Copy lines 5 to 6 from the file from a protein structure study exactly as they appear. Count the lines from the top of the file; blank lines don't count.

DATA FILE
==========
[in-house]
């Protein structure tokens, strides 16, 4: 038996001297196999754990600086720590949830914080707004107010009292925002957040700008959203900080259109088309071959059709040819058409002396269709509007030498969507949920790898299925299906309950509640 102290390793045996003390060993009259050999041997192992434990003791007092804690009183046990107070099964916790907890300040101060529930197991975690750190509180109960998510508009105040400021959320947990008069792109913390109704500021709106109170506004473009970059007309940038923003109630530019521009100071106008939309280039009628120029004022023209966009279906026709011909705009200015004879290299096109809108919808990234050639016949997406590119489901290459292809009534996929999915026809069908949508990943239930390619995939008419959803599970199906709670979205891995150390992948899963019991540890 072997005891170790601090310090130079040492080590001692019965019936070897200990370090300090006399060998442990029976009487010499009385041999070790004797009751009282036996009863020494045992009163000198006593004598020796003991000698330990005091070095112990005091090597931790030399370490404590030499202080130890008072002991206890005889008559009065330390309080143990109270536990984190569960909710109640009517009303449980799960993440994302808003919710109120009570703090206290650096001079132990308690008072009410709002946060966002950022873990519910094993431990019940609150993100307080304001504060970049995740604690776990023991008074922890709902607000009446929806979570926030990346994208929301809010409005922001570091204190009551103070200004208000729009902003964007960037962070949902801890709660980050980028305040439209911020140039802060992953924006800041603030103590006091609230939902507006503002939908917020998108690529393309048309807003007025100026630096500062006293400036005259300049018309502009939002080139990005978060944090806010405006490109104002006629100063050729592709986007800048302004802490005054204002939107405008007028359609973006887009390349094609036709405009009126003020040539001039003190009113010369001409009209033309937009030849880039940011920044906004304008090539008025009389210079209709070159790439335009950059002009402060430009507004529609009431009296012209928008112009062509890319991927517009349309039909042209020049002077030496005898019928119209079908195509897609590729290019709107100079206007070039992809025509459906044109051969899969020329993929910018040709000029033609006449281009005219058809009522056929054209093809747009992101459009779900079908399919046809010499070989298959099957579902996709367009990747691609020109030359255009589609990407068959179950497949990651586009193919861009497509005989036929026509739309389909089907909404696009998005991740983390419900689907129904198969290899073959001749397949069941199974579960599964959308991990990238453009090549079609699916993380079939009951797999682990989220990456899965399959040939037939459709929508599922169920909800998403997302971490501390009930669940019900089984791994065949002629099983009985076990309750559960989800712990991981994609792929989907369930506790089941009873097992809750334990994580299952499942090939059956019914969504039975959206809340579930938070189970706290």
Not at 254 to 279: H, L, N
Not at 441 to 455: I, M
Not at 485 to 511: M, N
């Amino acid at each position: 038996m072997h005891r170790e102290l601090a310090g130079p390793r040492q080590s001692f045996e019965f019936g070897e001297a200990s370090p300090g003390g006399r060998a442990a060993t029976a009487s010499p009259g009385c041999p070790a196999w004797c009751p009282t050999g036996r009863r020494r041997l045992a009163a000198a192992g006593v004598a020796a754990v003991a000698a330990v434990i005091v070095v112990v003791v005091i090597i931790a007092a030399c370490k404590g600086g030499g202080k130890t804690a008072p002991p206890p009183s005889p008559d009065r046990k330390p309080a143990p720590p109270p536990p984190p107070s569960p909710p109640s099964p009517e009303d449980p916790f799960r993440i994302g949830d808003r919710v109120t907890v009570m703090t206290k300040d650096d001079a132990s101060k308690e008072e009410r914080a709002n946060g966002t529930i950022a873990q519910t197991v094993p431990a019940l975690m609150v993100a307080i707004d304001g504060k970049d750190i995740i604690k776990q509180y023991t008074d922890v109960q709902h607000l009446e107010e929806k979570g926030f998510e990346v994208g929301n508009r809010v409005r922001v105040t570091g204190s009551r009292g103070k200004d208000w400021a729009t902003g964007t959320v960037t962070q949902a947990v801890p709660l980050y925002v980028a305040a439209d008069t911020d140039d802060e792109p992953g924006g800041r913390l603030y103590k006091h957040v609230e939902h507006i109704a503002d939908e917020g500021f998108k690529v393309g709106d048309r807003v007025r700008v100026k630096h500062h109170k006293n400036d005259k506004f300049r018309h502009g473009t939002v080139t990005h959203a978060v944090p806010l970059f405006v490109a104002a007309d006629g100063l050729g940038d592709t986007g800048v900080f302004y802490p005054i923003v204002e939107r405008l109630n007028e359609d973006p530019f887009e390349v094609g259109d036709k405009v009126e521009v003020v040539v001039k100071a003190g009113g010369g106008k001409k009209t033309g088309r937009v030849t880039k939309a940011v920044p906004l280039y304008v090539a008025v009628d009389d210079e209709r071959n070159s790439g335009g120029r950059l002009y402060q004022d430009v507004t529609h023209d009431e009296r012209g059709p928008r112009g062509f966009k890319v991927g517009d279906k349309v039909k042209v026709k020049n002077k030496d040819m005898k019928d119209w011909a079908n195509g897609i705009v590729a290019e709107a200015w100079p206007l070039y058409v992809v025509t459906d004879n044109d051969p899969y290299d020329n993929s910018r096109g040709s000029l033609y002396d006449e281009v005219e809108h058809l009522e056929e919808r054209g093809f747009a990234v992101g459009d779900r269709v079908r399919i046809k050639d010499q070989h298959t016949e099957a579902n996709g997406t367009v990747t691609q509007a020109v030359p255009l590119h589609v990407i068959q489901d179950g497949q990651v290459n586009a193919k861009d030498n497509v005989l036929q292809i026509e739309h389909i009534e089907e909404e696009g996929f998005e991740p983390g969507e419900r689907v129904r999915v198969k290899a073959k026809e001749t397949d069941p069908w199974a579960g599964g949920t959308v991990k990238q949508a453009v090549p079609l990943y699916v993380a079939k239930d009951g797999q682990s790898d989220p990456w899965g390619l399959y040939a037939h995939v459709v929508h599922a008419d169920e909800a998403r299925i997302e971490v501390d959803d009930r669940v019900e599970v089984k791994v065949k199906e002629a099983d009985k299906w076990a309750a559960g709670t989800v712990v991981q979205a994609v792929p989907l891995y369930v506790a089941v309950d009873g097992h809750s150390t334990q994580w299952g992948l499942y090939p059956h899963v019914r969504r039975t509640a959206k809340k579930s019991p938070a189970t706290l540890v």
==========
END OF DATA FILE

Not at 485 to 511: M, N
């Amino acid at each position: 038996m072997h005891r170790e102290l601090a310090g130079p390793r040492q080590s001692f045996e019965f019936g070897e001297a200990s370090p300090g003390g006399r060998a442990a060993t029976a009487s010499p009259g009385c041999p070790a196999w004797c009751p009282t050999g036996r009863r020494r041997l045992a009163a000198a192992g006593v004598a020796a754990v003991a000698a330990v434990i005091v070095v112990v003791v005091i090597i931790a007092a030399c370490k404590g600086g030499g202080k130890t804690a008072p002991p206890p009183s005889p008559d009065r046990k330390p309080a143990p720590p109270p536990p984190p107070s569960p909710p109640s099964p009517e009303d449980p916790f799960r993440i994302g949830d808003r919710v109120t907890v009570m703090t206290k300040d650096d001079a132990s101060k308690e008072e009410r914080a709002n946060g966002t529930i950022a873990q519910t197991v094993p431990a019940l975690m609150v993100a307080i707004d304001g504060k970049d750190i995740i604690k776990q509180y023991t008074d922890v109960q709902h607000l009446e107010e929806k979570g926030f998510e990346v994208g929301n508009r809010v409005r922001v105040t570091g204190s009551r009292g103070k200004d208000w400021a729009t902003g964007t959320v960037t962070q949902a947990v801890p709660l980050y925002v980028a305040a439209d008069t911020d140039d802060e792109p992953g924006g800041r913390l603030y103590k006091h957040v609230e939902h507006i109704a503002d939908e917020g500021f998108k690529v393309g709106d048309r807003v007025r700008v100026k630096h500062h109170k006293n400036d005259k506004f300049r018309h502009g473009t939002v080139t990005h959203a978060v944090p806010l970059f405006v490109a104002a007309d006629g100063l050729g940038d592709t986007g800048v900080f302004y802490p005054i923003v204002e939107r405008l109630n007028e359609d973006p530019f887009e390349v094609g259109d036709k405009v009126e521009v003020v040539v001039k100071a003190g009113g010369g106008k001409k009209t033309g088309r937009v030849t880039k939309a940011v920044p906004l280039y304008v090539a008025v009628d009389d210079e209709r071959n070159s790439g335009g120029r950059l002009y402060q004022d430009v507004t529609h023209d009431e009296r012209g059709p928008r112009g062509f966009k890319v991927g517009d279906k349309v039909k042209v026709k020049n002077k030496d040819m005898k019928d119209w011909a079908n195509g897609i705009v590729a290019e709107a200015w100079p206007l070039y058409v992809v025509t459906d004879n044109d051969p899969y290299d020329n993929s910018r096109g040709s000029l033609y002396d006449e281009v005219e809108h058809l009522e056929e919808r054209g093809f747009a990234v992101g459009d779900r269709v079908r399919i046809k050639d010499q070989h298959t016949e099957a579902n996709g997406t367009v990747t691609q509007a020109v030359p255009l590119h589609v990407i068959q489901d179950g497949q990651v290459n586009a193919k861009d030498n497509v005989l036929q292809i026509e739309h389909i009534e089907e909404e696009g996929f998005e991740p983390g969507e419900r689907v129904r999915v198969k290899a073959k026809e001749t397949d069941p069908w199974a579960g599964g949920t959308v991990k990238q949508a453009v090549p079609l990943y699916v993380a079939k239930d009951g797999q682990s790898d989220p990456w899965g390619l399959y040939a037939h995939v459709v929508h599922a008419d169920e909800a998403r299925i997302e971490v501390d959803d009930r669940v019900e599970v089984k791994v065949k199906e002629a099983d009985k299906w076990a309750a559960g709670t989800v712990v991981q979205a994609v792929p989907l891995y369930v506790a089941v309950d009873g097992h809750s150390t334990q994580w299952g992948l499942y090939p059956h899963v019914r969504r039975t509640a959206k809340k579930s019991p938070a189970t706290l540890v």